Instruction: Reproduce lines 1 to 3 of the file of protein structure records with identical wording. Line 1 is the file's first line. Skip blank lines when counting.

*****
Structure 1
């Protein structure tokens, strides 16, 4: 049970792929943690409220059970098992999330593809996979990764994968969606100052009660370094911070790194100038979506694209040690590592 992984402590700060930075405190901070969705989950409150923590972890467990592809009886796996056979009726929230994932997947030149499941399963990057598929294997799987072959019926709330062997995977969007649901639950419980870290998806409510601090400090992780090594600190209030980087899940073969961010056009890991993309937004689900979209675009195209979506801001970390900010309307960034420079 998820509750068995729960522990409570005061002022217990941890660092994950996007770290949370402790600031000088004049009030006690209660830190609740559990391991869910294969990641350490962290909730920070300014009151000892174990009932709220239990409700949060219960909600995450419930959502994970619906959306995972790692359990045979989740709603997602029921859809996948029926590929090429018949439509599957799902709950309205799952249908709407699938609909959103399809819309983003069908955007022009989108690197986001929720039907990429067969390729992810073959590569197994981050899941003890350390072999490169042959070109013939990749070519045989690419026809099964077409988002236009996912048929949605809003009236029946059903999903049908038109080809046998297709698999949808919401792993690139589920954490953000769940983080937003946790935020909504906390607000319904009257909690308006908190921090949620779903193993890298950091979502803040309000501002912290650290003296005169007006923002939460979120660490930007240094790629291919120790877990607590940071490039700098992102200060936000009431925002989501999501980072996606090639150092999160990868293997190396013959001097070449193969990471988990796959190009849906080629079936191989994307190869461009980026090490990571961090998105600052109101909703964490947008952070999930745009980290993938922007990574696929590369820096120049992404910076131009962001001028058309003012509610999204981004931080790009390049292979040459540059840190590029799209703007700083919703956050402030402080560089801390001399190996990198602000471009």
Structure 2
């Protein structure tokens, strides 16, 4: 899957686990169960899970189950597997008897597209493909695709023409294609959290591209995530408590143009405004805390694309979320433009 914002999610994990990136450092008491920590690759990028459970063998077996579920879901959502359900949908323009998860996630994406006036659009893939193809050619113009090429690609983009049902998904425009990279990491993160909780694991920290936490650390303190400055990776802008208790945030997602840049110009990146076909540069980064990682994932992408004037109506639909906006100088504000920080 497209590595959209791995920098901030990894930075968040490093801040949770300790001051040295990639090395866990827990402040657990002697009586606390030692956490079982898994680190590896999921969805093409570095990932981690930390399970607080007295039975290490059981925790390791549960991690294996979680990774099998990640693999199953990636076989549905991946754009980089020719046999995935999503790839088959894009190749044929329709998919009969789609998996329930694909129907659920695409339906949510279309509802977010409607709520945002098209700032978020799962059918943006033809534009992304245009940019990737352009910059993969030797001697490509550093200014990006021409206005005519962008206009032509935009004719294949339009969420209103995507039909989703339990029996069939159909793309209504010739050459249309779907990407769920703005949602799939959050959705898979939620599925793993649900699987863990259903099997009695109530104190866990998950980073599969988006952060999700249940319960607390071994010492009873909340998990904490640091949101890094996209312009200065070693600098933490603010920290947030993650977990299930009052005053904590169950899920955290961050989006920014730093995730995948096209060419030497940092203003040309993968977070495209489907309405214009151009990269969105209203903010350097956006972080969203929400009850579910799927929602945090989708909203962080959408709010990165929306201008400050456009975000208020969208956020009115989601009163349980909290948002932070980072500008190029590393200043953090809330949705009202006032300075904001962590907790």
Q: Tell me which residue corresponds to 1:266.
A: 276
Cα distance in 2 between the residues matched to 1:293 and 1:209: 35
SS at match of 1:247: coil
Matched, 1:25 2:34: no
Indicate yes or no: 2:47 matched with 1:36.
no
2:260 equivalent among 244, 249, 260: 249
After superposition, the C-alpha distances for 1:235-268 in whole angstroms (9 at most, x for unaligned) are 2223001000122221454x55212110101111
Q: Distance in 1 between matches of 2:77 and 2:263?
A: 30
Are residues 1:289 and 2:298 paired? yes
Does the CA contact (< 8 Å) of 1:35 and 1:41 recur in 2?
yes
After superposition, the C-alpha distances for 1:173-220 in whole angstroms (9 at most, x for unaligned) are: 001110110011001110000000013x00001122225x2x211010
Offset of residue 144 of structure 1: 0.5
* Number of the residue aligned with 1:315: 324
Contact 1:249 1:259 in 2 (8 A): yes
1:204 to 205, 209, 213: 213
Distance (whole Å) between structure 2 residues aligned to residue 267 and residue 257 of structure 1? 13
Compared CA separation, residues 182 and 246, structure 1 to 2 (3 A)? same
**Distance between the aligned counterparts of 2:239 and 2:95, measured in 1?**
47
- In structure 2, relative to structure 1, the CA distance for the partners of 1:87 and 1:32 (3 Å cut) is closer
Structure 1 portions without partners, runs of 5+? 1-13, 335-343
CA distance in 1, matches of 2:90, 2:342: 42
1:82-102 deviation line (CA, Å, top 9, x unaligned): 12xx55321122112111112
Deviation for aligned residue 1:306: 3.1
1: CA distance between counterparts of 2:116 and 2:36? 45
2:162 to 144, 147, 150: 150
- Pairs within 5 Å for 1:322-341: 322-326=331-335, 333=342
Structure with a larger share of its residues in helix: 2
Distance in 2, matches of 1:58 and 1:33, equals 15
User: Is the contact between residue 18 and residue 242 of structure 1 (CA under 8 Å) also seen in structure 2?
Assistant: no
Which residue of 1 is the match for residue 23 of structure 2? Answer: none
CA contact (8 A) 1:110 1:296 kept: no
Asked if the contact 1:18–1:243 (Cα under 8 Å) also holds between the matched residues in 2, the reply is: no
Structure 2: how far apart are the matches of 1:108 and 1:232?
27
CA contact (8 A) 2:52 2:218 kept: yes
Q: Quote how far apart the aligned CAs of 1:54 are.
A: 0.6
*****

Structure 1
């Protein structure tokens, strides 16, 4: 049970792929943690409220059970098992999330593809996979990764994968969606100052009660370094911070790194100038979506694209040690590592 992984402590700060930075405190901070969705989950409150923590972890467990592809009886796996056979009726929230994932997947030149499941399963990057598929294997799987072959019926709330062997995977969007649901639950419980870290998806409510601090400090992780090594600190209030980087899940073969961010056009890991993309937004689900979209675009195209979506801001970390900010309307960034420079 998820509750068995729960522990409570005061002022217990941890660092994950996007770290949370402790600031000088004049009030006690209660830190609740559990391991869910294969990641350490962290909730920070300014009151000892174990009932709220239990409700949060219960909600995450419930959502994970619906959306995972790692359990045979989740709603997602029921859809996948029926590929090429018949439509599957799902709950309205799952249908709407699938609909959103399809819309983003069908955007022009989108690197986001929720039907990429067969390729992810073959590569197994981050899941003890350390072999490169042959070109013939990749070519045989690419026809099964077409988002236009996912048929949605809003009236029946059903999903049908038109080809046998297709698999949808919401792993690139589920954490953000769940983080937003946790935020909504906390607000319904009257909690308006908190921090949620779903193993890298950091979502803040309000501002912290650290003296005169007006923002939460979120660490930007240094790629291919120790877990607590940071490039700098992102200060936000009431925002989501999501980072996606090639150092999160990868293997190396013959001097070449193969990471988990796959190009849906080629079936191989994307190869461009980026090490990571961090998105600052109101909703964490947008952070999930745009980290993938922007990574696929590369820096120049992404910076131009962001001028058309003012509610999204981004931080790009390049292979040459540059840190590029799209703007700083919703956050402030402080560089801390001399190996990198602000471009």
Structure 2